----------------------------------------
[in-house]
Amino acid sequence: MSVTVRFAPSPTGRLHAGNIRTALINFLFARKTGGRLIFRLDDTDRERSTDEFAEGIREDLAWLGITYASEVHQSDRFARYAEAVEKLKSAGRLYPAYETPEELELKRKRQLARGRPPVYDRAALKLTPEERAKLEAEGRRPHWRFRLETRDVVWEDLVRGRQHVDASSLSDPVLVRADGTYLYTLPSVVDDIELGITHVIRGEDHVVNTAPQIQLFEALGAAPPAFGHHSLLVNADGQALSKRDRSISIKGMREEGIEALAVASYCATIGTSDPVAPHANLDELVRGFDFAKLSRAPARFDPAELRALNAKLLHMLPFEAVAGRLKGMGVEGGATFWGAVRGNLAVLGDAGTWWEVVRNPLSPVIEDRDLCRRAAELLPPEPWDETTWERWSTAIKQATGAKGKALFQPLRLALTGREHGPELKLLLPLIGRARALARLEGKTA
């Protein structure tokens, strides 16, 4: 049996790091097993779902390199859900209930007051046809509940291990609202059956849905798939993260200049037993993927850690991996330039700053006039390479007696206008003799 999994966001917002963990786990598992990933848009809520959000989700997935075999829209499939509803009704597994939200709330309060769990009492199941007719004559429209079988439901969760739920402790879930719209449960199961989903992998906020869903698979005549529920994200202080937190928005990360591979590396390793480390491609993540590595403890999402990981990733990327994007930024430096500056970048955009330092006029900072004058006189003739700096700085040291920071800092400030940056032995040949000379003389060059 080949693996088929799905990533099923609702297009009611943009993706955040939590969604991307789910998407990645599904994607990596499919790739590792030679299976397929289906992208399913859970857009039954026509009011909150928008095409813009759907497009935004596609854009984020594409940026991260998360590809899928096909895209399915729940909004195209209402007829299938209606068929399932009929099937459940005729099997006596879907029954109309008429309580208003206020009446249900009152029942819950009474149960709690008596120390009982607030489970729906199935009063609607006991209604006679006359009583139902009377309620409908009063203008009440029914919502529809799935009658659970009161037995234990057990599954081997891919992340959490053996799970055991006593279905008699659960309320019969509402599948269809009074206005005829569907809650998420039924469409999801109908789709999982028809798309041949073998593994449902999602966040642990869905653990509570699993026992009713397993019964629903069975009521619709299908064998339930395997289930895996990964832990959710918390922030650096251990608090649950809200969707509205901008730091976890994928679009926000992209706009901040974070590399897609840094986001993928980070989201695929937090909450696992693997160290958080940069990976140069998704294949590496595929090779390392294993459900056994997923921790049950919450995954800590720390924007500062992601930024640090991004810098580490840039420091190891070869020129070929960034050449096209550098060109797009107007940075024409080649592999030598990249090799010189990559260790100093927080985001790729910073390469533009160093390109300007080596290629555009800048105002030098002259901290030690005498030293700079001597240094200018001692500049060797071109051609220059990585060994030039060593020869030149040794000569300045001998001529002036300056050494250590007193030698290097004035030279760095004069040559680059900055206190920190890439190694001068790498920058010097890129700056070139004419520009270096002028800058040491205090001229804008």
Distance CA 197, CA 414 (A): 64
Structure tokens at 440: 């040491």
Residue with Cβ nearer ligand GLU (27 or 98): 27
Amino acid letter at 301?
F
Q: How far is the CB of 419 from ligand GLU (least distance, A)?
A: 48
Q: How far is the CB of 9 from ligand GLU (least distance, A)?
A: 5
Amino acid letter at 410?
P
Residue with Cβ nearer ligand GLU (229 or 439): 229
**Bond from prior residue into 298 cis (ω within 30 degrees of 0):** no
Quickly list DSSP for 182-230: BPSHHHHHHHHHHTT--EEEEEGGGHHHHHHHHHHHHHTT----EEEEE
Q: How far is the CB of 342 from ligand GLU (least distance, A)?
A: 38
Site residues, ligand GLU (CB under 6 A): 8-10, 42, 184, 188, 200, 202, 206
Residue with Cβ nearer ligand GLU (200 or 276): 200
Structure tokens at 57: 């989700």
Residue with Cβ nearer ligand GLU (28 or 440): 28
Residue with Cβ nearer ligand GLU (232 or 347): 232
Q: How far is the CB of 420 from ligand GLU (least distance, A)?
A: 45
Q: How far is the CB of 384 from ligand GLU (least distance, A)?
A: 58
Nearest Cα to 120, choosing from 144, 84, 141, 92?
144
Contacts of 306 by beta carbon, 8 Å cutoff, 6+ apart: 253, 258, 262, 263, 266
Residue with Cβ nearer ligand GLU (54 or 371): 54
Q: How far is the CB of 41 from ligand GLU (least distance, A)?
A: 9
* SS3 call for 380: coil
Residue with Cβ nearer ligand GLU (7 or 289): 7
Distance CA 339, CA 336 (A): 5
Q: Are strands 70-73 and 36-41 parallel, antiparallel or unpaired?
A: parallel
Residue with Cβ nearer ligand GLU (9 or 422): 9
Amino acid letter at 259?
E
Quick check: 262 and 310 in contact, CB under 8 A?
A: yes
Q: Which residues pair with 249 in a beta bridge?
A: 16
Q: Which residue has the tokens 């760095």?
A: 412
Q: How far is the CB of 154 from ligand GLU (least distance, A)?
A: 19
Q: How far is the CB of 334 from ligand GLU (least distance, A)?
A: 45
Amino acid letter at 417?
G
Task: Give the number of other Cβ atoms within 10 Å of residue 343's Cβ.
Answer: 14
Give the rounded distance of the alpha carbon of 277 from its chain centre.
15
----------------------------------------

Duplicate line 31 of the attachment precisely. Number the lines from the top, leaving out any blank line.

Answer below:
Contacts of 306 by beta carbon, 8 Å cutoff, 6+ apart: 253, 258, 262, 263, 266